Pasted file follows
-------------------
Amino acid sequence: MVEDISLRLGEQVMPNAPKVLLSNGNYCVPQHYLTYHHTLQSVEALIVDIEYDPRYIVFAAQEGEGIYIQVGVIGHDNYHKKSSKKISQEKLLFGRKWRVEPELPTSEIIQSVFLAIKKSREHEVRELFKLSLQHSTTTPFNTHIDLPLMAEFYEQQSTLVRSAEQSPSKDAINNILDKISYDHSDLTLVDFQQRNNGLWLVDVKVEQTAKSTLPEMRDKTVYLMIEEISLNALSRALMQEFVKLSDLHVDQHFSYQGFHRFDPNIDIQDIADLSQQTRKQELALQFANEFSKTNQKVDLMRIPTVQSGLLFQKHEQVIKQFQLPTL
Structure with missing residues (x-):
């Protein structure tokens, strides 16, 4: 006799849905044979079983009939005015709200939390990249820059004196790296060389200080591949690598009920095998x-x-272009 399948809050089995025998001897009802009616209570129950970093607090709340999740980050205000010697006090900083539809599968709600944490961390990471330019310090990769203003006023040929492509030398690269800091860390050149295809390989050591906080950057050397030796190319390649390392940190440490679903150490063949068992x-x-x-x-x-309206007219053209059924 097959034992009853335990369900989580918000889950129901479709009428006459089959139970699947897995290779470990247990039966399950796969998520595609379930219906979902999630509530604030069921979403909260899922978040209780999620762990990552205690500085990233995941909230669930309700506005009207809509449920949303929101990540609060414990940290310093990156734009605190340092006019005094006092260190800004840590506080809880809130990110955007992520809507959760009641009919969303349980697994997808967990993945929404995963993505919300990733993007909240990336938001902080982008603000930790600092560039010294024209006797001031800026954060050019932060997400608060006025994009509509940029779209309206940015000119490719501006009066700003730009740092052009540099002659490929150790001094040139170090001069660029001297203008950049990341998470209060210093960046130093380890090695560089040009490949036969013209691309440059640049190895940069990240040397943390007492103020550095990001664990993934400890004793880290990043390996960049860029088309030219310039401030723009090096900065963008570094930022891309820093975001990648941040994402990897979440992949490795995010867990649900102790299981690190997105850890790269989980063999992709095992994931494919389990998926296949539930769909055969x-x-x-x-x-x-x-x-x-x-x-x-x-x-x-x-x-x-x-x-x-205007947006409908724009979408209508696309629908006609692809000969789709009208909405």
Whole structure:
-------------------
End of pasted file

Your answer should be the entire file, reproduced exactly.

Amino acid sequence: MVEDISLRLGEQVMPNAPKVLLSNGNYCVPQHYLTYHHTLQSVEALIVDIEYDPRYIVFAAQEGEGIYIQVGVIGHDNYHKKSSKKISQEKLLFGRKWRVEPELPTSEIIQSVFLAIKKSREHEVRELFKLSLQHSTTTPFNTHIDLPLMAEFYEQQSTLVRSAEQSPSKDAINNILDKISYDHSDLTLVDFQQRNNGLWLVDVKVEQTAKSTLPEMRDKTVYLMIEEISLNALSRALMQEFVKLSDLHVDQHFSYQGFHRFDPNIDIQDIADLSQQTRKQELALQFANEFSKTNQKVDLMRIPTVQSGLLFQKHEQVIKQFQLPTL
Structure with missing residues (x-):
């Protein structure tokens, strides 16, 4: 006799849905044979079983009939005015709200939390990249820059004196790296060389200080591949690598009920095998x-x-272009 399948809050089995025998001897009802009616209570129950970093607090709340999740980050205000010697006090900083539809599968709600944490961390990471330019310090990769203003006023040929492509030398690269800091860390050149295809390989050591906080950057050397030796190319390649390392940190440490679903150490063949068992x-x-x-x-x-309206007219053209059924 097959034992009853335990369900989580918000889950129901479709009428006459089959139970699947897995290779470990247990039966399950796969998520595609379930219906979902999630509530604030069921979403909260899922978040209780999620762990990552205690500085990233995941909230669930309700506005009207809509449920949303929101990540609060414990940290310093990156734009605190340092006019005094006092260190800004840590506080809880809130990110955007992520809507959760009641009919969303349980697994997808967990993945929404995963993505919300990733993007909240990336938001902080982008603000930790600092560039010294024209006797001031800026954060050019932060997400608060006025994009509509940029779209309206940015000119490719501006009066700003730009740092052009540099002659490929150790001094040139170090001069660029001297203008950049990341998470209060210093960046130093380890090695560089040009490949036969013209691309440059640049190895940069990240040397943390007492103020550095990001664990993934400890004793880290990043390996960049860029088309030219310039401030723009090096900065963008570094930022891309820093975001990648941040994402990897979440992949490795995010867990649900102790299981690190997105850890790269989980063999992709095992994931494919389990998926296949539930769909055969x-x-x-x-x-x-x-x-x-x-x-x-x-x-x-x-x-x-x-x-x-205007947006409908724009979408209508696309629908006609692809000969789709009208909405």
Whole structure: